Metro Weekly

South Carolina Bans Gender-Affirming Care

South Carolina Gov. Henry McMaster signed a ban on gender-affirming care for transgender youth and some adults.

South Carolina Governor Henry McMaster – Photo: SC National Guard, via Flickr.

On Tuesday, South Carolina Gov. Henry McMaster signed a ban on gender-affirming care for transgender minors into law.

The law took effect immediately and officially made South Carolina the 25th state to place restrictions on gender-affirming care.

Under South Carolina’s law, health professionals can be disciplined for prescribing gender-affirming treatments, such as puberty blockers, hormones, or gender confirmation surgery, to patients under the age of 18 seeking to transition.

The law also requires school administrators to notify parents or guardians if a child identifies by a gender that does not match their assigned sex at birth, or asks to use a name or nickname other than their legal name or pronouns that do not match the sex on their original birth certificate.

The bill was amended in the State Senate to allow mental health counselors to talk about banned treatments — and even mention places where access to such treatments is not banned — as a form of free speech.

It contains exemptions allowing intersex children, as well as cisgender children who experience precocious puberty, to receive puberty blockers or hormonal treatments.

Additionally, the bill prohibits the use of public dollars — including Medicaid and insurance provided to government employees — from being used to cover the costs of transition-related care for any individual, including transgender adults, who must pay out of pocket should they want care.

Earlier this year, McMaster said he supported the ban on gender-affirming treatments in order to “keep our young people safe and healthy,” arguing that some transgender youth may later change their identity or experience regret if they move to transition too rapidly or hastily. 

“If they want to make those decisions later when they’re adults, then that’s a different story, but we must protect our young people from irreversible decisions,” McMaster said at the time.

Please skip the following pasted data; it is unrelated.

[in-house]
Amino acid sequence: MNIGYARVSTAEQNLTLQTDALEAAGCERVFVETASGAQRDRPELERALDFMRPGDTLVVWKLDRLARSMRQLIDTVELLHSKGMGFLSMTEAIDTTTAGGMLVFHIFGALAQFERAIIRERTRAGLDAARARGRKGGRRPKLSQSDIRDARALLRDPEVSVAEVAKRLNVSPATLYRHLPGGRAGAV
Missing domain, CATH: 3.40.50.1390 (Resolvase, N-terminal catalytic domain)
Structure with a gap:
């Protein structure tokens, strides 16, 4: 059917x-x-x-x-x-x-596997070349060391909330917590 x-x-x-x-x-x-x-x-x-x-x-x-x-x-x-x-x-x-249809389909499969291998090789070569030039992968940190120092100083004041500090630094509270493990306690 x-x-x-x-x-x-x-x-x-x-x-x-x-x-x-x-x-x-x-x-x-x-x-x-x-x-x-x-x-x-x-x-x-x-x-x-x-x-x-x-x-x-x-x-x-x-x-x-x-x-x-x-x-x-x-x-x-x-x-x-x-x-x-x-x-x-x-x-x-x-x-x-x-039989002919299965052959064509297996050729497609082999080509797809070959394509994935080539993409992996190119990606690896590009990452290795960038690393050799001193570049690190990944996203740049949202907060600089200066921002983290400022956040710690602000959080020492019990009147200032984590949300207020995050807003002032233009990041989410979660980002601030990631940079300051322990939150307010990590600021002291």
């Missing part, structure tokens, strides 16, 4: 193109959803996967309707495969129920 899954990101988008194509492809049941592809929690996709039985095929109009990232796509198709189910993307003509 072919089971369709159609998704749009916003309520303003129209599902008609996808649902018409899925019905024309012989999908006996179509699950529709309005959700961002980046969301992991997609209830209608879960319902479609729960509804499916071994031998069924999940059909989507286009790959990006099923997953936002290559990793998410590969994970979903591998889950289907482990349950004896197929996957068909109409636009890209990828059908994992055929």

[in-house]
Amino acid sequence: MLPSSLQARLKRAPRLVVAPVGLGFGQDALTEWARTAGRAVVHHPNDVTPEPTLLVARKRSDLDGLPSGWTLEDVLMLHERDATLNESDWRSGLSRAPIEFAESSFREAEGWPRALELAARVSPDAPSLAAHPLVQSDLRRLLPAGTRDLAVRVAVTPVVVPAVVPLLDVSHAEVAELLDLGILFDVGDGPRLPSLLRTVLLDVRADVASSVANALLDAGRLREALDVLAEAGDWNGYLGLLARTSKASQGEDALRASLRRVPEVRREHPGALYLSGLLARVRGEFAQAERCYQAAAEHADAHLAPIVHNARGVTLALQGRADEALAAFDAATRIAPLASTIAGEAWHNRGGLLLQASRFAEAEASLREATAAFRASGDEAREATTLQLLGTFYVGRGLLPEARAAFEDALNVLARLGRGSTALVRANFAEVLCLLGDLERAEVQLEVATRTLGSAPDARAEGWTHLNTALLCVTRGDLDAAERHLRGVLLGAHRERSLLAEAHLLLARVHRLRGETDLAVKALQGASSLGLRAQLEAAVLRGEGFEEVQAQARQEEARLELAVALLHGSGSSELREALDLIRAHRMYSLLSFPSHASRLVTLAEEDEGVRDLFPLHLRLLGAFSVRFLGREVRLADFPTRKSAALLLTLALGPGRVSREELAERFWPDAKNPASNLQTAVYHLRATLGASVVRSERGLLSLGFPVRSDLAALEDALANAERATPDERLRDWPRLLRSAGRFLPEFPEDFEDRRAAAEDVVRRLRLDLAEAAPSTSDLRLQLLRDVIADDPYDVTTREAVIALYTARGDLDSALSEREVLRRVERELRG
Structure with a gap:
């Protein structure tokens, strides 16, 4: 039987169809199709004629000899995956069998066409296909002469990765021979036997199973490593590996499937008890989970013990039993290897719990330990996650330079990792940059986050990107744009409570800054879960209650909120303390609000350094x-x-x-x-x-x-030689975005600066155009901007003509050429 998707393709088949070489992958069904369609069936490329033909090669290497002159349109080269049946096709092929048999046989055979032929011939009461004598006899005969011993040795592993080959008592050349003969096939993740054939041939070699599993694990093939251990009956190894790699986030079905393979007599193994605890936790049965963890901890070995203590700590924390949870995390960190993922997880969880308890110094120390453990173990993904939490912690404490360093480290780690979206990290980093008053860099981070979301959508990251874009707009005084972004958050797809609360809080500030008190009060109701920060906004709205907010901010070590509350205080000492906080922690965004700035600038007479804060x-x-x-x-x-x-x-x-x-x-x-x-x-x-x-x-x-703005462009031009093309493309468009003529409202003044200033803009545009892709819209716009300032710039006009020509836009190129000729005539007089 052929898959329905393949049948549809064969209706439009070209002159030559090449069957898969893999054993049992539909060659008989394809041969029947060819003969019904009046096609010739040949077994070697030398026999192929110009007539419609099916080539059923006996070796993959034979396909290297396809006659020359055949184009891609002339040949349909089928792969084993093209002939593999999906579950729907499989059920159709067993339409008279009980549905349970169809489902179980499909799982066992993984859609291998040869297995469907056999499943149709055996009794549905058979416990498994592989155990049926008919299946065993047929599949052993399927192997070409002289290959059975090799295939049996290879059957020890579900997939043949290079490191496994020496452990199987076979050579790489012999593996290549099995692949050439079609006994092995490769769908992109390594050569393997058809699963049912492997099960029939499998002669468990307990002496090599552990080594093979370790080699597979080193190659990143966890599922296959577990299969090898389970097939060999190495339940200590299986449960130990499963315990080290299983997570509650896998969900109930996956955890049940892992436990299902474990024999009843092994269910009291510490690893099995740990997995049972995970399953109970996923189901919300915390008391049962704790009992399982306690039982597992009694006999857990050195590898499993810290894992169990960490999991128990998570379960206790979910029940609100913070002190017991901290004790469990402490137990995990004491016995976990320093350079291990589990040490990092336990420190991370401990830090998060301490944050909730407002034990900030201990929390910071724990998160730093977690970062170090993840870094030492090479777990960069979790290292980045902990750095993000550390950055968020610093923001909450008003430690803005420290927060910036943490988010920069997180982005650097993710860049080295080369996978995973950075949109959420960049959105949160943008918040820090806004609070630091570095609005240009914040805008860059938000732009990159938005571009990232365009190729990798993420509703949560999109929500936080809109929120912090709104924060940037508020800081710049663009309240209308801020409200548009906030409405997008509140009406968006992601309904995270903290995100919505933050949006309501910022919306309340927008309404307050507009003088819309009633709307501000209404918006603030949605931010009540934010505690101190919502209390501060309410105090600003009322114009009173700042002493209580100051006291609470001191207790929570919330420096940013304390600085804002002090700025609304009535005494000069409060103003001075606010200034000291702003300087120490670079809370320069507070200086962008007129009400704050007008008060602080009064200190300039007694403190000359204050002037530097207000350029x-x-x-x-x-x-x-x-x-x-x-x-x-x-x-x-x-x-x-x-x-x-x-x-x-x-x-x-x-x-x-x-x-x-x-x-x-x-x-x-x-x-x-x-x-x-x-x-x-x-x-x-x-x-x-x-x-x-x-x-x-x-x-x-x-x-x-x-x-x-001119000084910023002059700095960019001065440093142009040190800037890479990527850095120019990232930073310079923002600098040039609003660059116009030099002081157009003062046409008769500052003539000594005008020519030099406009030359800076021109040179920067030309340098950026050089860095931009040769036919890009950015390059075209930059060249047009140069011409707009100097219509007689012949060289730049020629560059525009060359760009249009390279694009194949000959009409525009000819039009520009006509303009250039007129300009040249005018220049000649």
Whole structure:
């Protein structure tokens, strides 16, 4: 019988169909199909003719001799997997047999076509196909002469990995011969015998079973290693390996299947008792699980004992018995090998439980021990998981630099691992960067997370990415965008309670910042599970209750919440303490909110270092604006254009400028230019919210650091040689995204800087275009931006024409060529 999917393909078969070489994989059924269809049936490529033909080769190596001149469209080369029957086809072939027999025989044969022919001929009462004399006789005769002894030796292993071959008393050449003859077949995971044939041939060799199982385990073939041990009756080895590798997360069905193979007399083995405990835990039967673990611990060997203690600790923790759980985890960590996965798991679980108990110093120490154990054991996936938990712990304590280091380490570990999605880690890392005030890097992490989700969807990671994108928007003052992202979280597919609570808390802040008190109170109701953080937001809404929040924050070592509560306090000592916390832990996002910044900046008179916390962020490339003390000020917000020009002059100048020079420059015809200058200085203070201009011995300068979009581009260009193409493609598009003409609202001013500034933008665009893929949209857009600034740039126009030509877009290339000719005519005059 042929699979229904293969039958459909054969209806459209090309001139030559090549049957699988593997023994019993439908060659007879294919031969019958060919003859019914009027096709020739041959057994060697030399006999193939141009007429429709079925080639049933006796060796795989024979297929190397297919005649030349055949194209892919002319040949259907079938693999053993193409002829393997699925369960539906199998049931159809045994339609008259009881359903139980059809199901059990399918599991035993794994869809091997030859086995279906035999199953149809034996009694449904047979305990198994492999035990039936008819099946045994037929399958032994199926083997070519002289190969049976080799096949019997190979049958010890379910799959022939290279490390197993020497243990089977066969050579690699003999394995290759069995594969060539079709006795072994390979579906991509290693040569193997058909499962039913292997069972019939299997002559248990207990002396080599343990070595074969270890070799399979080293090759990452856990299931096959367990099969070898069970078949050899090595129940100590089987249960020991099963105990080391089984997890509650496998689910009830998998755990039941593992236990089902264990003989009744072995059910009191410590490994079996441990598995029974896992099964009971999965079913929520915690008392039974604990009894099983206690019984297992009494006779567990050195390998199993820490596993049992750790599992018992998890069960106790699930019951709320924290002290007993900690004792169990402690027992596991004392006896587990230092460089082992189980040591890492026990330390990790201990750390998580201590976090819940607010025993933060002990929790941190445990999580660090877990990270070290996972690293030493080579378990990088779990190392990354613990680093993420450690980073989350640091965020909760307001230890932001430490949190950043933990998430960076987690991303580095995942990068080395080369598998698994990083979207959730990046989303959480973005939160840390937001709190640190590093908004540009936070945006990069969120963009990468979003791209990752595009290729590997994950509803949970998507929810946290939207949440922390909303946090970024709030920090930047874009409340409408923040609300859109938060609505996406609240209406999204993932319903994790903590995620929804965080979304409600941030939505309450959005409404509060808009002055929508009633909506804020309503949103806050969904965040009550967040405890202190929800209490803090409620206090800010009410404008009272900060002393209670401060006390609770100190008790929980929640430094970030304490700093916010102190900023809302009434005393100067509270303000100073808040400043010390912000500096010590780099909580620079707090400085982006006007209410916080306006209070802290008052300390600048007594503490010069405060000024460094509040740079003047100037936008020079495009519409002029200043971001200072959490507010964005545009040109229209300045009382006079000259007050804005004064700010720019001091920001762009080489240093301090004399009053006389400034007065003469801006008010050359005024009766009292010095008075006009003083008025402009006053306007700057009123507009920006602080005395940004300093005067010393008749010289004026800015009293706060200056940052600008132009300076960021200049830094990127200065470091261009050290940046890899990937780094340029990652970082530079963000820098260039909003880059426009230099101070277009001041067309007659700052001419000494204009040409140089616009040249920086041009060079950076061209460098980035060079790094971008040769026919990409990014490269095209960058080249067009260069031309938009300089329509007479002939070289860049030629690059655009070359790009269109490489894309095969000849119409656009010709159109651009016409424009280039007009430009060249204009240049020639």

Writing on X, McMaster noted that he would be holding a ceremonial bill signing event next week to tout the bill’s benefits.

“I signed the Help Not Harm bill into law, which protects our state’s children from irreversible gender transition procedures and bans public funds from being used for them,” he wrote.

Critics argued that the bill infringes on the right of parents to decide on what health treatments their children receive.

It tramples the rights of transgender adults who are state employees, dependents of state employees, or Medicaid recipients to decide which health care they receive by denying them coverage for treatments that their doctors have deemed medically necessary.

Additionally, critics slammed the bill for misrepresenting transition-related treatments as experimental, haphazard, or too readily prescribed, arguing that people under the age of 18 do not undergo gender confirmation surgery in South Carolina, and that hormone treatments only begin after extensive consultations with medical providers.

The Campaign for Southern Equality noted that some of the bill’s provisions, particularly those dealing with Medicaid and state employee insurance coverage, may be unconstitutional, citing recent decisions by the 4th U.S. Circuit Court of Appeals — under whose jurisdiction South Carolina falls — finding that a West Virginia Medicaid ban on coverage for gender-affirming care and a similar exclusion in North Carolina’s state employee health plan were discriminatory. 

The Campaign for Southern Equality also noted that transgender individuals in South Carolina are eligible to apply for support from the Southern Trans Youth Emergency Project, which seeks to support trans youth and their families whose access to medical care has been hampered by various state bans.

Through the program, families can receive information about obtaining gender-affirming treatments in states without bans, assistance in connecting with out-of-state medical providers, and grants of up to $500 to assist them in traveling elsewhere to obtain the care they need.

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